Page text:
Social media as a strategic organizational tool for Confederate memorial landscape change: From #TakeDowntheFlag to #ChangeTheDamnName

Authors: Jordan Brasher*, University of Tennessee, Derek Alderman, University of Tennessee
Topics: Ethnicity and Race, Cultural Geography, Landscape
Keywords: social media, antiracism, memorial landscape, memory
Session Type: Paper
Day: 4/10/2018
Start / End Time: 12:40 PM / 2:20 PM
Room: Galerie 4, Marriott, 2nd Floor
Presentation File: No File Uploaded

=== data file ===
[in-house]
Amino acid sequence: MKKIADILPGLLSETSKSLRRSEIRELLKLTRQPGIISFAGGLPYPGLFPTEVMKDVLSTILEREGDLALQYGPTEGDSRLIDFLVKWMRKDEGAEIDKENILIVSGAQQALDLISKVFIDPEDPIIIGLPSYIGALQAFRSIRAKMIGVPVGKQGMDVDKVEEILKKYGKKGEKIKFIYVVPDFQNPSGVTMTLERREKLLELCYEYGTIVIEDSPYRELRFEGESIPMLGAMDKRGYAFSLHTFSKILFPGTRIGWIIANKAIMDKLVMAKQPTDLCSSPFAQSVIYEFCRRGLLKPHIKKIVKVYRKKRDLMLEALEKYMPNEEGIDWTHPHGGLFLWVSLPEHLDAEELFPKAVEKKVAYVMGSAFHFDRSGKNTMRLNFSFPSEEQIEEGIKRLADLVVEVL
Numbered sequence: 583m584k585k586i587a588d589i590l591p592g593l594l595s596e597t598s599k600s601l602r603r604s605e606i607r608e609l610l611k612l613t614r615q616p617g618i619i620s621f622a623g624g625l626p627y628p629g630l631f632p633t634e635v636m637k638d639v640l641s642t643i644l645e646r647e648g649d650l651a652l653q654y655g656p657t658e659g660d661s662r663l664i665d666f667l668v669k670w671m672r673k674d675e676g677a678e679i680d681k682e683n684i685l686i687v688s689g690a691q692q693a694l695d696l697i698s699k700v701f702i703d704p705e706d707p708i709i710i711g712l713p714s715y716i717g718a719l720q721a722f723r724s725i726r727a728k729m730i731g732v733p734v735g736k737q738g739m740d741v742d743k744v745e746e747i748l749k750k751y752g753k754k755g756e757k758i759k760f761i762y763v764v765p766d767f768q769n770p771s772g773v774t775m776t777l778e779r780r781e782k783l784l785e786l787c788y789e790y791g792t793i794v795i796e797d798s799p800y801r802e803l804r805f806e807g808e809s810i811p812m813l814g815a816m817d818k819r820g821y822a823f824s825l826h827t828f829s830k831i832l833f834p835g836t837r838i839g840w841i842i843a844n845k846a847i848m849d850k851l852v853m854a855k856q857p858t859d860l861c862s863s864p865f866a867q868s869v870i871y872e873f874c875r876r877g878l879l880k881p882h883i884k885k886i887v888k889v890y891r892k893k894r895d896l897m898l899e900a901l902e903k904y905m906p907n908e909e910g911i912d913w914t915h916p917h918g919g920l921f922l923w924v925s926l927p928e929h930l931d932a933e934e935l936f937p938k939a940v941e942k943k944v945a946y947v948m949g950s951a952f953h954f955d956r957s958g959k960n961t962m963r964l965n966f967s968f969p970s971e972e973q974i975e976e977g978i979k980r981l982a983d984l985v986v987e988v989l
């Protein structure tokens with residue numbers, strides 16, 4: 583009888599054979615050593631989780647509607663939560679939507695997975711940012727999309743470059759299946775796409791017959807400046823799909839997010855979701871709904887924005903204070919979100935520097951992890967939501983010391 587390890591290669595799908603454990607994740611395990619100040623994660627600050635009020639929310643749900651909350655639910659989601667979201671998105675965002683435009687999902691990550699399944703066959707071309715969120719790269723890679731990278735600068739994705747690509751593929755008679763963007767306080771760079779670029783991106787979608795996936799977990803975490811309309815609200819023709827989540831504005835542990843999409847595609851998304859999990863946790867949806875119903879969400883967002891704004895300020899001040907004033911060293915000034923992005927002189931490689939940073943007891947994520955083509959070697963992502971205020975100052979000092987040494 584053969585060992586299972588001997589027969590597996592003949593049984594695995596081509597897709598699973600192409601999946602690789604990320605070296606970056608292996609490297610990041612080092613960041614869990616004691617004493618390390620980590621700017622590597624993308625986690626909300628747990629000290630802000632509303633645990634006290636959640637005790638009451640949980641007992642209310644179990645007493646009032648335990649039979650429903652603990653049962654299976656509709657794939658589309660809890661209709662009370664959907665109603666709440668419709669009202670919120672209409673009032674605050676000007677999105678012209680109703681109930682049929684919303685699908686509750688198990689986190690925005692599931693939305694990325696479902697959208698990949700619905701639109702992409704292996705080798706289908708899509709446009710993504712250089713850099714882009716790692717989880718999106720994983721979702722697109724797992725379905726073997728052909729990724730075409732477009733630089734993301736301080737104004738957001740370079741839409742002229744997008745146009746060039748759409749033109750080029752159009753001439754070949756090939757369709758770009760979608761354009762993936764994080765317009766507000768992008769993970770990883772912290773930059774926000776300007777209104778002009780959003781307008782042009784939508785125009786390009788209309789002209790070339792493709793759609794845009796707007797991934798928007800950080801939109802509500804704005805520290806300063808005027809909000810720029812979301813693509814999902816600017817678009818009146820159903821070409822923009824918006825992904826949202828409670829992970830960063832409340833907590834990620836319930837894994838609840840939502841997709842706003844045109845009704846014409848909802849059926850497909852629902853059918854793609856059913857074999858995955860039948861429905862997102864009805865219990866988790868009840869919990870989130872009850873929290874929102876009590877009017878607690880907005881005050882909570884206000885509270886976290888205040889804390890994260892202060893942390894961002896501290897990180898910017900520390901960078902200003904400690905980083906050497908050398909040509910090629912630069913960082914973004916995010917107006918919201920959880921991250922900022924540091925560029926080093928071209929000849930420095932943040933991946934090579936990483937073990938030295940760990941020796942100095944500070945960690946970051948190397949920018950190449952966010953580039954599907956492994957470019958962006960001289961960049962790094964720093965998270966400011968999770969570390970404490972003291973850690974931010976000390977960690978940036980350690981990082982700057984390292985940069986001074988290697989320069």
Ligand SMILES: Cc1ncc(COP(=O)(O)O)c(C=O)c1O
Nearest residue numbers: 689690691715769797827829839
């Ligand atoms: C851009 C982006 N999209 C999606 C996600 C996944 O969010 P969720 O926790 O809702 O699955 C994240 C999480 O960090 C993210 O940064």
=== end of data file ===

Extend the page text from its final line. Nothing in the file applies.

Much scholarly work has considered the multifaceted dimensions of political organizing around movements like Black Lives Matter, especially the use of social media to spread news of incidents of police brutality and violence and to organize to demand police accountability. The Movement for Black Lives itself emerged in 2013 out of the use of the hashtag #BlackLivesMatter on Twitter to connect concerned citizens and activists with one another, and organize and mobilize around anti-racist police reform. Less well known are the ways that antiracist organizations leverage social media to render visible and bring attention to the commemorative injustices that adorn local and national memorial landscapes, connecting the material inequality and injustice that people of color experience with the symbolic inequality and injustice of the valorization of white supremacists—particularly those associated with the insurgent Confederate States of America—on and through the memorial landscape. This paper suggests that social media is a relational and emergent memorial arena in which struggles over changes to the Confederate memorial landscape are waged. While on the one hand social media can be a place for creating and extending communities of resistance, it is also a place where the politics of memorial landscape struggles are affected in ways beyond or contradictory to what activists may intend. As a result, this preliminary research investigates the ways that antiracist organizations both leverage and encounter the limitations of social media to strategically organize around antiracist Confederate memorial landscape change.

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